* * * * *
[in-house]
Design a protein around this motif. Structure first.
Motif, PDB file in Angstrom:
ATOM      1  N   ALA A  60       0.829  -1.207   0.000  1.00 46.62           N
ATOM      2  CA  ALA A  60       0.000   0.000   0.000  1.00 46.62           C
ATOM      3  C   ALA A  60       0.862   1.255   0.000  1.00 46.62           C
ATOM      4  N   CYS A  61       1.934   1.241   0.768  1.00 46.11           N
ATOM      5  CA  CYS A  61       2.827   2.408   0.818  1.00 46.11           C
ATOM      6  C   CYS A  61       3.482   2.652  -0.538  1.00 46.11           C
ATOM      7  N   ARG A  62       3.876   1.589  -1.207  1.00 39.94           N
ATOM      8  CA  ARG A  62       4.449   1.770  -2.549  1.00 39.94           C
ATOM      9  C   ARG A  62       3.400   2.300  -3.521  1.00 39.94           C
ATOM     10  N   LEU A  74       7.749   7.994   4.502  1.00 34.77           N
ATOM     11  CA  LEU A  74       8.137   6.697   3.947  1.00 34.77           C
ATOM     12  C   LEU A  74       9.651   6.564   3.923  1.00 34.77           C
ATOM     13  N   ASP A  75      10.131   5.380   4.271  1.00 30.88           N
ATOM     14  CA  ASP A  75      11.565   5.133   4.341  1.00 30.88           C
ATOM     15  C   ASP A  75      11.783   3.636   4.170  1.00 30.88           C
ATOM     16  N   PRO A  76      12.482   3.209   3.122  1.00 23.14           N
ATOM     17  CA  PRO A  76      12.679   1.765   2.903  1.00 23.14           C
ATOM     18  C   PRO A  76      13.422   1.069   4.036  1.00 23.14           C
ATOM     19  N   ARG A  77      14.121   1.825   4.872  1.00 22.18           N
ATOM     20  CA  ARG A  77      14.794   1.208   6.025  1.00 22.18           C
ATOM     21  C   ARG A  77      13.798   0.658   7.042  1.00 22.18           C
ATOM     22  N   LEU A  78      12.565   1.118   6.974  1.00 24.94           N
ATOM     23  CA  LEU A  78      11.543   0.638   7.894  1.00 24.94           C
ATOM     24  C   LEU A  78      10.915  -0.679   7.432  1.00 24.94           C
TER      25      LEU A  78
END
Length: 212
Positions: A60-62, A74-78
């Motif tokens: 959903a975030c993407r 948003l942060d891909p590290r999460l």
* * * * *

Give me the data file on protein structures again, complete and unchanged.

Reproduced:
[in-house]
Design a protein around this motif. Structure first.
Motif, PDB file in Angstrom:
ATOM      1  N   ALA A  60       0.829  -1.207   0.000  1.00 46.62           N
ATOM      2  CA  ALA A  60       0.000   0.000   0.000  1.00 46.62           C
ATOM      3  C   ALA A  60       0.862   1.255   0.000  1.00 46.62           C
ATOM      4  N   CYS A  61       1.934   1.241   0.768  1.00 46.11           N
ATOM      5  CA  CYS A  61       2.827   2.408   0.818  1.00 46.11           C
ATOM      6  C   CYS A  61       3.482   2.652  -0.538  1.00 46.11           C
ATOM      7  N   ARG A  62       3.876   1.589  -1.207  1.00 39.94           N
ATOM      8  CA  ARG A  62       4.449   1.770  -2.549  1.00 39.94           C
ATOM      9  C   ARG A  62       3.400   2.300  -3.521  1.00 39.94           C
ATOM     10  N   LEU A  74       7.749   7.994   4.502  1.00 34.77           N
ATOM     11  CA  LEU A  74       8.137   6.697   3.947  1.00 34.77           C
ATOM     12  C   LEU A  74       9.651   6.564   3.923  1.00 34.77           C
ATOM     13  N   ASP A  75      10.131   5.380   4.271  1.00 30.88           N
ATOM     14  CA  ASP A  75      11.565   5.133   4.341  1.00 30.88           C
ATOM     15  C   ASP A  75      11.783   3.636   4.170  1.00 30.88           C
ATOM     16  N   PRO A  76      12.482   3.209   3.122  1.00 23.14           N
ATOM     17  CA  PRO A  76      12.679   1.765   2.903  1.00 23.14           C
ATOM     18  C   PRO A  76      13.422   1.069   4.036  1.00 23.14           C
ATOM     19  N   ARG A  77      14.121   1.825   4.872  1.00 22.18           N
ATOM     20  CA  ARG A  77      14.794   1.208   6.025  1.00 22.18           C
ATOM     21  C   ARG A  77      13.798   0.658   7.042  1.00 22.18           C
ATOM     22  N   LEU A  78      12.565   1.118   6.974  1.00 24.94           N
ATOM     23  CA  LEU A  78      11.543   0.638   7.894  1.00 24.94           C
ATOM     24  C   LEU A  78      10.915  -0.679   7.432  1.00 24.94           C
TER      25      LEU A  78
END
Length: 212
Positions: A60-62, A74-78
């Motif tokens: 959903a975030c993407r 948003l942060d891909p590290r999460l």